How to ride a bike

Never learnt how to ride a bike? With our handy tips anyone can master getting around on two wheels

Clock08:00, Monday 7th August 2023

It’s never too late to learn to ride a bike. While mastering two wheels as an adult can be challenging, it’s also a rewarding experience. In this guide, we’ve gone back to basics, pulling together everything you need to know if you’re learning to ride a bike for the first time, whatever your age.

white orbea road bike

Equipment

This shouldn’t come as much of a surprise, but you’re going to need a bike. It doesn’t have to be fancy and you don’t need to buy the best bike on the market - anything will do! If you don’t have your own bike, why not borrow one from a friend or family?

Similarly, there’s no need to buy fancy clothing. The great thing about cycling is the fact that you can jump on a bike in most types of clothing. For your first rides, just wear whatever is comfy. The exception is flared trousers - they can get caught in the chain which is a recipe for disaster.

Finally, we recommend wearing a helmet, even if you’re only riding in a field or on a quiet road. It’s important to be safe.


start riding in an open, flat and ideally quiet location

Location

It can be nerve-wracking learning to ride. That’s why it’s best to find a quiet, safe location for those first pedal strokes.

Car parks or parks are good options, though it’s best to avoid grass as it’s more difficult to ride on.


saddle height is really important

Bike setup

Learning how to cycle will be much easier to learn if your bike is set up correctly.

The main consideration here is the saddle height. Adjust the saddle height with some Allen keys until it’s in a comfortable position. If you need any help, check out our guide. With your legs outstretched, you should be able to touch the floor with both feet while sitting on the saddle. This way, you can easily correct yourself and support the bike if you lose balance.

Next, reach out to the brakes to make sure that you can easily pull the levers. The tyres also need to be pumped up to the correct pressure otherwise they’ll affect your ability to handle the bike.


without pedalling just get used to balancing on the bike

Learn to balance

Now that everything is prepared, it’s time to start riding. Before you hop on the bike and start pedalling, try to get used to balancing on the bike.

Start by sitting on the saddle with your feet on the floor, then starting slowly walking your feet to move the bike. It’s a simple exercise that will help you develop balance and get a feel for the bike. Just avoid banging your shins against the pedals! To prevent some nasty bruises, it can be a good idea to remove the pedals before doing this drill.

Always look ahead while doing this exercise. It’s very tempting to stare down at your feet, but that’s a bad habit and something you’ll need to avoid when riding on open roads.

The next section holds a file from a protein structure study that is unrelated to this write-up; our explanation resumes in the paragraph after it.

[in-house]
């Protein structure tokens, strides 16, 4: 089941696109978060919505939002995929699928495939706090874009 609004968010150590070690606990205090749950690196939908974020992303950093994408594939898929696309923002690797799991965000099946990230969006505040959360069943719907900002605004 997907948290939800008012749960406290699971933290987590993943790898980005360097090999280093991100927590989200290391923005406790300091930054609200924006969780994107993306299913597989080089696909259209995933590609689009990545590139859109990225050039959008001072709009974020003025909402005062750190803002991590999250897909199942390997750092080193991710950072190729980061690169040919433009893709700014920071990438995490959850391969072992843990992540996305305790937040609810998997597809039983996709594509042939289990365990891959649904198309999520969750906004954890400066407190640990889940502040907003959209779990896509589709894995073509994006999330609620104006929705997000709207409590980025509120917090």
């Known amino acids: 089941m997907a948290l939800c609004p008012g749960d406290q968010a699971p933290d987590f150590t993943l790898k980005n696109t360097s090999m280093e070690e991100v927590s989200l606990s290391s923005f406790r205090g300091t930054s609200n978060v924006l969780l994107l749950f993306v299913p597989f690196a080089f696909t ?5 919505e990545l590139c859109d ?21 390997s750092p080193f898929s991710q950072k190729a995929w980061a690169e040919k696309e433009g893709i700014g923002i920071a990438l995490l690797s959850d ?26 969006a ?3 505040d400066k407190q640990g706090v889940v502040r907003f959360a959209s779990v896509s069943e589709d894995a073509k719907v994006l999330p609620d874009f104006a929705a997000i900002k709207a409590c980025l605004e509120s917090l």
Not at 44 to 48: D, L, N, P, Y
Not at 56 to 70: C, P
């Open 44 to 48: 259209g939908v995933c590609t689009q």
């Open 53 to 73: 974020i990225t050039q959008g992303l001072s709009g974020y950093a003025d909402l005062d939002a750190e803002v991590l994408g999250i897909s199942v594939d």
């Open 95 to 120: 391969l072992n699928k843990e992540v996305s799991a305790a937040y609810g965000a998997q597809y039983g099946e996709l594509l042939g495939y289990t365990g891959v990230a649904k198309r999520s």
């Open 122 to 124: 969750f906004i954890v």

As your confidence improves, try taking things to the next level by going around a corner. Then you can try building up a little speed before taking your feet off the floor, allowing yourself to coast.


practise pushing off using the pedals

Start pedalling

Now that you’ve mastered the art of balancing, it’s time to start pedalling. If you took the pedals off of your bike for the last drill, you’ll need to reattach them, of course. There’s a guide to help here.

First things first, you need to practise pushing off using the pedals. Shift to the easiest gear and then decide which foot you’re going to take the first pedal stroke with. We’d generally recommend using your dominant leg, although some people may find using the opposite leg more natural.

Next, sit on the saddle with both feet on the floor. Then, with your most dominant leg (or the opposite leg if this feels more natural), bring the pedal up to the two o'clock position. The pedal should roughly be pointing diagonally upwards towards your handlebars.

Now you’re ready to start practising, so press the pedal down while lifting your other foot slightly off the ground. Try this a few times to build confidence. Once you get better, you can then start trying to pedal with the other leg too. Just remember to use your brakes to come to a safe stop!

Riding at slow speeds can be hard so take your time and have some patience. If you don't feel confident pushing with the pedal straight away, try scooting along for a bit to gain speed before pushing the pedal.

look at where you're turning when practising cornering

Practise cornering

Comfortable pedalling? Great job! You’ve almost mastered all of the skills needed. There’s just one final skill to go: cornering. Here are a few tips to help:

  • As always, safety is the first priority when cornering so keep looking ahead. Look at where you’re turning and not at your handlebars or down at the floor
  • Keep the pedals in a neutral position so that they don’t hit the floor. Neither pedal should be at its lowest position
  • Naturally, steering is the most important aspect of cornering, but you probably won’t need to steer the handlebars as much as you think. Instead, use slight movements and lean into the corner using your body
  • Finally, take a wide line when cornering, as long as it’s safe. If there isn’t anywhere safe to practise this, put out some cones or water bottles and then you can weave around them instead

Top Tip

Follow these steps and you’ll soon be flying along on two wheels. Naturally, everyone learns at different speeds so don't worry if you don’t complete all of these steps in one go. You can always come back to this article to take on further steps as you build up confidence. Good luck!


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